Next, the railway sleepers are placed on top ballast, and spaced appropriately. This process can be done manually, or by the use of specialized machines, but in both cases, workers make sure that the central point of the sleepers and the rail track centerline are in alignment. Once this process is complete, railroad spikes and fasteners, also called chairs, are fixed to the sleepers of wood, or bolted down with a chairbolt.
At this point, the rail is ready to be lowered onto the sleepers and fastened to the spikes. While a relatively straightforward process, there are many things engineers and workers have to keep in mind when laying down rails. One of these factors is the correct use of rail joints when fastening multiple lengths of rail together with a fishplate.
Most modern railways utilize continuous welded rail (CWR), sometimes known as ribbon railings. Rails are welded together by using flash butt welding to make a single continuous rail which might be a few kilometers long. As there are just a few joints, this kind, of course, is quite powerful, provides a smooth ride, and requires less maintenance; trains may travel on it at greater rates and with less friction. In some cases, the cone can last for several weeks. The very first welded trail was used in Germany in 1924. And is becoming common on primary lines as in the 1950s.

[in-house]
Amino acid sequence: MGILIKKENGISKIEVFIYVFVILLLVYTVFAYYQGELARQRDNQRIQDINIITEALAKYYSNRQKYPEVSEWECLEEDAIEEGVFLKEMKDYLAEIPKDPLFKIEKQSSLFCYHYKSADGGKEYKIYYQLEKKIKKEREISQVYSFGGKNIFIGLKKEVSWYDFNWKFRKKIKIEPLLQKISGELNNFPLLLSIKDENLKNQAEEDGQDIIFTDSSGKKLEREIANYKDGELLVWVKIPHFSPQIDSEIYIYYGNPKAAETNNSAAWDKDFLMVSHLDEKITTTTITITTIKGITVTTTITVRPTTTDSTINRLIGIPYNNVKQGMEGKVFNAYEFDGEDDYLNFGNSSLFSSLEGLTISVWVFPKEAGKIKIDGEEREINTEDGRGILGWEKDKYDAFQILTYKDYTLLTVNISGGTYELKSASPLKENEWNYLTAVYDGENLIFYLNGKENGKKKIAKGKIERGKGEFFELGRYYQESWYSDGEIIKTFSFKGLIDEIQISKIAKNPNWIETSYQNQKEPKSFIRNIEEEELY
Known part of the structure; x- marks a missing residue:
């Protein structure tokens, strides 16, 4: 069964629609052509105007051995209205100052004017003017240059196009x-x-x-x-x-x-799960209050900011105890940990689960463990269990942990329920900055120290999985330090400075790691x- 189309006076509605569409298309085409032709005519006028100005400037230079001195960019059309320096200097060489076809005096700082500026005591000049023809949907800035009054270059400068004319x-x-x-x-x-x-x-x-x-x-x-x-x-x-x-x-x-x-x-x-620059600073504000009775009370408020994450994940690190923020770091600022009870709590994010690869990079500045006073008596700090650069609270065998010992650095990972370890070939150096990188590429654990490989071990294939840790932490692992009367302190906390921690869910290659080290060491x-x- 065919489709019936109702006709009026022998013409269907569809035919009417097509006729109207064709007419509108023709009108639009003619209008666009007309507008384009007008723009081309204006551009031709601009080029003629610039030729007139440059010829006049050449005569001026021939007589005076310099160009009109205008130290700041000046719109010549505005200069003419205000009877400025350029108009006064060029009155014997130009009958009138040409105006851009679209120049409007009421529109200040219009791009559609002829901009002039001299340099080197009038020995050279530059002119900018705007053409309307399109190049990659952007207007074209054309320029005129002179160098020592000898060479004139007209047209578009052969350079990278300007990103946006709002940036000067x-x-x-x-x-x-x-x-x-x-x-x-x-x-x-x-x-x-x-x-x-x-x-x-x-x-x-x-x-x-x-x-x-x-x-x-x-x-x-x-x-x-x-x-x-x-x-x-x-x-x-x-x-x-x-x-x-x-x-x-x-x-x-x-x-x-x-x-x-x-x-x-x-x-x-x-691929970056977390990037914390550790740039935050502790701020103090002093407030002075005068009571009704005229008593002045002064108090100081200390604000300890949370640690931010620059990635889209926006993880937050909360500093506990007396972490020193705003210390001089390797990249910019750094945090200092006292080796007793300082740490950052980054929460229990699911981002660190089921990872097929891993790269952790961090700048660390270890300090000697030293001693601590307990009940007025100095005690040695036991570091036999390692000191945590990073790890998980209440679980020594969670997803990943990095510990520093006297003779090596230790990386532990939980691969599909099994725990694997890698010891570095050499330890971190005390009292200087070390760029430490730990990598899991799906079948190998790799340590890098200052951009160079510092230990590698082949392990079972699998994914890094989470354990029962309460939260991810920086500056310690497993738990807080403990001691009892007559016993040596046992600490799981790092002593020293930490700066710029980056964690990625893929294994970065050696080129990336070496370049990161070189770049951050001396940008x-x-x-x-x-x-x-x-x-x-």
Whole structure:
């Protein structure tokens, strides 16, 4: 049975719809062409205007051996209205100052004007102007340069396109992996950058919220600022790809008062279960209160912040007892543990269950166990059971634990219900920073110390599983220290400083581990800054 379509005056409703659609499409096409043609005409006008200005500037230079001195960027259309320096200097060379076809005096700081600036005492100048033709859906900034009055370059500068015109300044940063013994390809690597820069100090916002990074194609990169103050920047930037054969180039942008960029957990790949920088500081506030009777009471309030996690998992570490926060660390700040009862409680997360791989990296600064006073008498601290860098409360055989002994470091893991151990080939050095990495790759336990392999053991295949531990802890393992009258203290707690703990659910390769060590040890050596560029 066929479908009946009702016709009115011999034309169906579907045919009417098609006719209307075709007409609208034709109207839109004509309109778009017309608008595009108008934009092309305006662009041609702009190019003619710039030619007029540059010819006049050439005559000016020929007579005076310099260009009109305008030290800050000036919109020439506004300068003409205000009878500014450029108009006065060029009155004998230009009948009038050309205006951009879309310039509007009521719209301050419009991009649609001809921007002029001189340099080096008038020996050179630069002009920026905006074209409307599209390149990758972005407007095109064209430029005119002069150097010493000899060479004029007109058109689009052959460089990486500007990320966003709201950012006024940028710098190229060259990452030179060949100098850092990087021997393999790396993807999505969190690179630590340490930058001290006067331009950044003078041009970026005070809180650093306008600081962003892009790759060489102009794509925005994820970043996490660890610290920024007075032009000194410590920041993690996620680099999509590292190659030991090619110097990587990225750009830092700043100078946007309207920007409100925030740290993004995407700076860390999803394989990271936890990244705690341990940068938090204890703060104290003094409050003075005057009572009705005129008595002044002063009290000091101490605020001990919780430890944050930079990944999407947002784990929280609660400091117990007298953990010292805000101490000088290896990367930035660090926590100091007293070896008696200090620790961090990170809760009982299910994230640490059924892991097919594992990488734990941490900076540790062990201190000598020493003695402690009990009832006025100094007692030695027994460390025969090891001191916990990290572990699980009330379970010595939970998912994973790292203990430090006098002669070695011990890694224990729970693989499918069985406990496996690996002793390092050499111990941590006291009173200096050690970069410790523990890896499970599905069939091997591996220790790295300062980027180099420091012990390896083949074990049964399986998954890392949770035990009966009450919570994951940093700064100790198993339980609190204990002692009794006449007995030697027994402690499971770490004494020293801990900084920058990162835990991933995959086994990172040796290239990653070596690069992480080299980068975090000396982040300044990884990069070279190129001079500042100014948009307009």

An important factor is a tension in CWR installations. Temperature can have dramatic effects on railroad tracks when the metal in the rail expands or contracts, having the potential to cause the track to buckle or separate. Because of this, knowing the Rail Neutral Temperature is essential.
After the rail has been laid, the top layer of ballast is typically applied. This layer of ballast is made of small, coarse rocks of various shapes and materials. It is important that these rocks be irregularly shaped and not uniform, as they will pile up and hold stronger. This ballast will fill in all the gaps between and underneath the sleepers and rails, providing a strong base for the track as a whole. Typically, a second layer of top ballast will be applied after some trains pass to solidify the form.
Railroad environmental spill prevention
Aside from railway accidents, the next most common risk of hazardous spills comes from the loading and unloading of liquids. Facilities are required to have spill prevention measures or risk SPCC and EPA fines. The main form of spill prevention is railcar track pans and SafeRack offers a complete range of railroad track pans and spill containment systems are SPCC and EPA compliant and safely captures hazardous spills from rail cars. Our Polyethylene track pans and Metal railcar track pans are used globally to protect from accidental spills at railcar wash facilities, railroad tank car loading areas, and locomotive fueling stations.
Report an oil or chemical spill.
For emergencies and other sudden threats to public health, such as: oil and/or chemical spills, radiation emergencies, and biological discharges, call the National Response Center at 1-800-424-8802. Learn more at epa.gov